Inspector Lynda Lang BTP's Longest Serving Female Officer

By Reporter, The HighLand Times, Thursday March 8 2018

Meet Lynda Lang (pictured) a proud Scot and British Transport Police longest serving female officer.

Inspector Lynda Lang is the longest serving female police officer at British Transport Police, having served with the force for 30 years and 5 months.

On International Women’s Day 2018, Inspector Lang, who is based in in Glasgow, reflects on her 30+ year career and the challenges she has faced during her years serving in the police.

“Monday 5 October 1987 is where it all began.

“After a chance encounter with an old school friend who was training to be a sergeant, I joined BTP.

“Thirty years later, the police service I joined is completely unrecognisable to the archaic and outdated policies of the late 80s.

“I’ll be honest – it hasn’t been plain sailing.

“Disappointingly, I’ve been the victim of sexist behaviour of male officers and the public.

“I can say at times I considered my position and whether it was worthwhile to remain a police officer, but it definitely was.

“I was adamant a few men wouldn’t scar my experience, confidence or ambition.

“I stayed in the police service, fighting this misogyny and challenging ignorance.

“Policing has improved massively over the years.

“The police service has modernised, moving away from the handbag and small truncheons women were given in the 80s.

“You had a tights allowance and only allowed to wear trousers during adverse weather conditions.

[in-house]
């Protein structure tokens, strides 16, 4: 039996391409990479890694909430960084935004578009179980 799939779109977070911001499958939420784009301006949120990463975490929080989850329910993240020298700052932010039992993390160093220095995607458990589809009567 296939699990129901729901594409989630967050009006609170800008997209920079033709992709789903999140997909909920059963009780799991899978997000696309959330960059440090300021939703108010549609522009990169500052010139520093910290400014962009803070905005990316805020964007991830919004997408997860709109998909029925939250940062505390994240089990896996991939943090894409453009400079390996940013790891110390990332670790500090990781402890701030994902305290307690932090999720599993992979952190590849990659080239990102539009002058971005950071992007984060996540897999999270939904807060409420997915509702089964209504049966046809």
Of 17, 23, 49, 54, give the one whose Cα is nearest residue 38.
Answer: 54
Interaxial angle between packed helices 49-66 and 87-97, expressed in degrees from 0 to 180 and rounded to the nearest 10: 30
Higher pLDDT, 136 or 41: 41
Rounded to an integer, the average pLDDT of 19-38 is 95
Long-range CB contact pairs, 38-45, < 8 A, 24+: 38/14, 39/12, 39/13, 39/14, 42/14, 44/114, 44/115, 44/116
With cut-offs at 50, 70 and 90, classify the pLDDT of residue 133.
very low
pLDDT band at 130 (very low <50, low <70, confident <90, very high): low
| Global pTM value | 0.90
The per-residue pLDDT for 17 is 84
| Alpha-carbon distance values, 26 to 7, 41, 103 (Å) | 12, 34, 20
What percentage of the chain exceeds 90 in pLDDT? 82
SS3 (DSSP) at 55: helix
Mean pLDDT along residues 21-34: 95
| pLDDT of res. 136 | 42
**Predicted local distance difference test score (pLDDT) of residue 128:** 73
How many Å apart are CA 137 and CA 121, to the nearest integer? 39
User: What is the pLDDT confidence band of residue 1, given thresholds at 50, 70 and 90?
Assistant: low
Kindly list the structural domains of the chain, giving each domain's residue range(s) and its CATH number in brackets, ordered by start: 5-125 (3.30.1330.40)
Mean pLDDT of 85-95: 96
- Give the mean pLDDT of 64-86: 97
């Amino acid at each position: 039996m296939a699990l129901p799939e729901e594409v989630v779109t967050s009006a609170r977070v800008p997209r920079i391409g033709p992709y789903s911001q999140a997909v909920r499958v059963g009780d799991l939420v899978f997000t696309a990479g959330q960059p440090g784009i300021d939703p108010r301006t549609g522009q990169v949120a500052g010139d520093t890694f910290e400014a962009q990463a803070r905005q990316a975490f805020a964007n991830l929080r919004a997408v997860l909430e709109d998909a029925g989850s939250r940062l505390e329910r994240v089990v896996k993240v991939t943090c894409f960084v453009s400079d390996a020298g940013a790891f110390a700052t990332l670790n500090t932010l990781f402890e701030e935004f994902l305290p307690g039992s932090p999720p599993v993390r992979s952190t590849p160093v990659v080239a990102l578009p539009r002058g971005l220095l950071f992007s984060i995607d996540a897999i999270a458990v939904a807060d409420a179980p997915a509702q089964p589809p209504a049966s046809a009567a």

“You couldn’t imagine this type of policy in a 21st century police force.

“Those days are far behind us as a result of strong women, challenging outdated perceptions and breaking through that glass ceiling.

“But, of course more can be done to make policing equal.

“I think issues specifically faced by women need to be addressed and taken into consideration.

“Periods and menopause are not items normally seen on any agenda but can cause women significant problems. 

“I am heartened that BTP recognises these issues and is looking at a menopause policy, removing the taboo of these issues.

“Despite the challenges, I’d go back and do it all again.

“In this job you see the best and worst in people, you have the chance to save lives and help the most vulnerable in our society.

“Certainly, the unsociable hours are tough but the police service recognises the strain this can have on family life.

“Flexible working and part-time hours make working life much easier.

“This is a major step forward for policing and something which was not in place when I had my daughter 18 years ago.

“So, what is next after 30 years of walking the beat?

“Putting my feet up…no such luck!

“I love being busy and my life won’t be grinding to a halt after leaving the police.

“I have a passion for horses and I’m working to set up my own livery yard with my daughter.

“I am excited for life after police, but I shall miss the excitement of it and my colleagues.

“To anyone thinking of joining the police, I’d tell them that it is an exciting and extremely rewarding career.

“But it is tough, and there will be days when you face unprecedented challenges.

“As a young constable I attended the Newton train crash in Glasgow, an overwhelmingly tragic incident which I still recall today.

“Every incident I attended over the years, every obstacle I’ve overcome in my 30-year career has made me who I am today.

“It has been an absolute honour.”



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